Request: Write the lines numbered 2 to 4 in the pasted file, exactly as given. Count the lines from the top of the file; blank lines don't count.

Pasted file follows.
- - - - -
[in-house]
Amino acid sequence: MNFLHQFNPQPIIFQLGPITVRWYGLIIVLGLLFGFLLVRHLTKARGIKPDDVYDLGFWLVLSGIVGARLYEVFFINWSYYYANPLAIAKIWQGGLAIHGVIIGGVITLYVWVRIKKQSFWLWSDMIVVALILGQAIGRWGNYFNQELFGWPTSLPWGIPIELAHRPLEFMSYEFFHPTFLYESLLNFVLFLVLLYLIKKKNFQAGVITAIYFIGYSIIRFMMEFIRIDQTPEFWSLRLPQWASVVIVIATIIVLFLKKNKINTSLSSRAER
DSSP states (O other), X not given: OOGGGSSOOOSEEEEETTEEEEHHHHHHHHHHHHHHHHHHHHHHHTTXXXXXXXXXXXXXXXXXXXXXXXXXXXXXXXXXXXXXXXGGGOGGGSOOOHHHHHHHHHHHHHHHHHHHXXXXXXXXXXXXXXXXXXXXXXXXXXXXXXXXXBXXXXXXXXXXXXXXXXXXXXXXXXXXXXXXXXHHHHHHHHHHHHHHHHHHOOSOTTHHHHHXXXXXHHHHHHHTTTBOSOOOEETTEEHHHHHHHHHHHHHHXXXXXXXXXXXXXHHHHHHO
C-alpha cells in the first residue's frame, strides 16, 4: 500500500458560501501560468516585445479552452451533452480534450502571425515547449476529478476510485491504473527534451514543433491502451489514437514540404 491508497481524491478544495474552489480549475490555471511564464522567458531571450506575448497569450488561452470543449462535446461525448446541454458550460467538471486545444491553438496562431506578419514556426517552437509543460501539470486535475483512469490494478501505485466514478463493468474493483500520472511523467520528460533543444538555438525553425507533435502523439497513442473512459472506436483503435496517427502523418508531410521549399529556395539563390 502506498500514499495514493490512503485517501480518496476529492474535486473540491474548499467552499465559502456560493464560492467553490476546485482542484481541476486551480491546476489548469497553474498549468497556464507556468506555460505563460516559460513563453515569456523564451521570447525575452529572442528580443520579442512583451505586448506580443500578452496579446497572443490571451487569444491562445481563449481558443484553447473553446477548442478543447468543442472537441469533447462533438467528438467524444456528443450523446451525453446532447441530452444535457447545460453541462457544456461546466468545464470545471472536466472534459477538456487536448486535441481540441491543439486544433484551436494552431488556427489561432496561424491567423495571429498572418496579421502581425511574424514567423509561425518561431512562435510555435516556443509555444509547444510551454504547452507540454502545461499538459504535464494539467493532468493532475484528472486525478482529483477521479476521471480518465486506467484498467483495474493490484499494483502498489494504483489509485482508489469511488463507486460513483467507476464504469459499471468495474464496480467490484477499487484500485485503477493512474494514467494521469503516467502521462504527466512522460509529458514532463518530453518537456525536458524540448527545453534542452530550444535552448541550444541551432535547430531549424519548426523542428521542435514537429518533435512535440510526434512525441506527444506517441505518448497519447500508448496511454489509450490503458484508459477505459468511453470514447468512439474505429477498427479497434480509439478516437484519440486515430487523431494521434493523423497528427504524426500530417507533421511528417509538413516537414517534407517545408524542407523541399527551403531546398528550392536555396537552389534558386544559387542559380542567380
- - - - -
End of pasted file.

Amino acid sequence: MNFLHQFNPQPIIFQLGPITVRWYGLIIVLGLLFGFLLVRHLTKARGIKPDDVYDLGFWLVLSGIVGARLYEVFFINWSYYYANPLAIAKIWQGGLAIHGVIIGGVITLYVWVRIKKQSFWLWSDMIVVALILGQAIGRWGNYFNQELFGWPTSLPWGIPIELAHRPLEFMSYEFFHPTFLYESLLNFVLFLVLLYLIKKKNFQAGVITAIYFIGYSIIRFMMEFIRIDQTPEFWSLRLPQWASVVIVIATIIVLFLKKNKINTSLSSRAER
DSSP states (O other), X not given: OOGGGSSOOOSEEEEETTEEEEHHHHHHHHHHHHHHHHHHHHHHHTTXXXXXXXXXXXXXXXXXXXXXXXXXXXXXXXXXXXXXXXGGGOGGGSOOOHHHHHHHHHHHHHHHHHHHXXXXXXXXXXXXXXXXXXXXXXXXXXXXXXXXXBXXXXXXXXXXXXXXXXXXXXXXXXXXXXXXXXHHHHHHHHHHHHHHHHHHOOSOTTHHHHHXXXXXHHHHHHHTTTBOSOOOEETTEEHHHHHHHHHHHHHHXXXXXXXXXXXXXHHHHHHO
C-alpha cells in the first residue's frame, strides 16, 4: 500500500458560501501560468516585445479552452451533452480534450502571425515547449476529478476510485491504473527534451514543433491502451489514437514540404 491508497481524491478544495474552489480549475490555471511564464522567458531571450506575448497569450488561452470543449462535446461525448446541454458550460467538471486545444491553438496562431506578419514556426517552437509543460501539470486535475483512469490494478501505485466514478463493468474493483500520472511523467520528460533543444538555438525553425507533435502523439497513442473512459472506436483503435496517427502523418508531410521549399529556395539563390 502506498500514499495514493490512503485517501480518496476529492474535486473540491474548499467552499465559502456560493464560492467553490476546485482542484481541476486551480491546476489548469497553474498549468497556464507556468506555460505563460516559460513563453515569456523564451521570447525575452529572442528580443520579442512583451505586448506580443500578452496579446497572443490571451487569444491562445481563449481558443484553447473553446477548442478543447468543442472537441469533447462533438467528438467524444456528443450523446451525453446532447441530452444535457447545460453541462457544456461546466468545464470545471472536466472534459477538456487536448486535441481540441491543439486544433484551436494552431488556427489561432496561424491567423495571429498572418496579421502581425511574424514567423509561425518561431512562435510555435516556443509555444509547444510551454504547452507540454502545461499538459504535464494539467493532468493532475484528472486525478482529483477521479476521471480518465486506467484498467483495474493490484499494483502498489494504483489509485482508489469511488463507486460513483467507476464504469459499471468495474464496480467490484477499487484500485485503477493512474494514467494521469503516467502521462504527466512522460509529458514532463518530453518537456525536458524540448527545453534542452530550444535552448541550444541551432535547430531549424519548426523542428521542435514537429518533435512535440510526434512525441506527444506517441505518448497519447500508448496511454489509450490503458484508459477505459468511453470514447468512439474505429477498427479497434480509439478516437484519440486515430487523431494521434493523423497528427504524426500530417507533421511528417509538413516537414517534407517545408524542407523541399527551403531546398528550392536555396537552389534558386544559387542559380542567380